Such efforts are usually not justifiable. Normally, it is sufficient to keep the ratio constant between the supply voltage U and the rotating field frequency f--the so-called U/f ratio--and to equalize the load related voltage drop at the stator resistance of the machine through current resistance compensation, the so-called I.R compensation. Such methods are, however, very inexact since, instead of vector addition, only a quantitative addition of the voltage drop at the apparent impedance of the machine is carried out. In addition, the resistance of the stator winding of the machine is very dependent on temperature; for this reason, the I.R compensation is only suitable for specific operational conditions.
This frequency results in excessive no-load current in the machine when disconnected from a load.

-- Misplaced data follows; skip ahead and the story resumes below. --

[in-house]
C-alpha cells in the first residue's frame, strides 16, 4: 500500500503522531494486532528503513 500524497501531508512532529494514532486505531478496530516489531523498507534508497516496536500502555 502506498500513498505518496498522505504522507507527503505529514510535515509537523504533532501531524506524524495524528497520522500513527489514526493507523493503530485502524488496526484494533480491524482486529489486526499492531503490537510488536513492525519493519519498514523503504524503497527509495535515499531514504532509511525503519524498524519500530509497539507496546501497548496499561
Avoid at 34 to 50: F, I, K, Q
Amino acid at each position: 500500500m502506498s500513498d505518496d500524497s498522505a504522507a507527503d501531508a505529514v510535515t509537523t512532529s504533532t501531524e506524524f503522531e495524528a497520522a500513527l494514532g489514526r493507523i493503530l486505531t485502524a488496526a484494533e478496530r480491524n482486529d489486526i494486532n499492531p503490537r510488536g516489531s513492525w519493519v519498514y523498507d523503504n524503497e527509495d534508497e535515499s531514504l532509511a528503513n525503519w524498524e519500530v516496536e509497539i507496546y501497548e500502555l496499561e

For this reason there are known procedures which determine and control the U/f ratio through other motor parameters in relation to the load. The German Disclosure Brief 26 15 744 describes a procedure for controlling the U/f ratio in which the voltage drop at the main inductance of the machine is determined automatically under all operational conditions through an arithmetic element from sensing the terminal voltage. The stator resistance of the machine is entered as a constant into the approximation formula used, which is electronically simulated in the computer. It is also necessary to determine the applicable power factor. In this method of control the temperature effect is not eliminated and a considerable effort is required to determine the power factor of the machine. The same basic disadvantages are inherent in another known control method in accordance with the German Disclosure Brief 28 06 535, which only proposes a simplification of the mathematical formula for determining the supply voltage.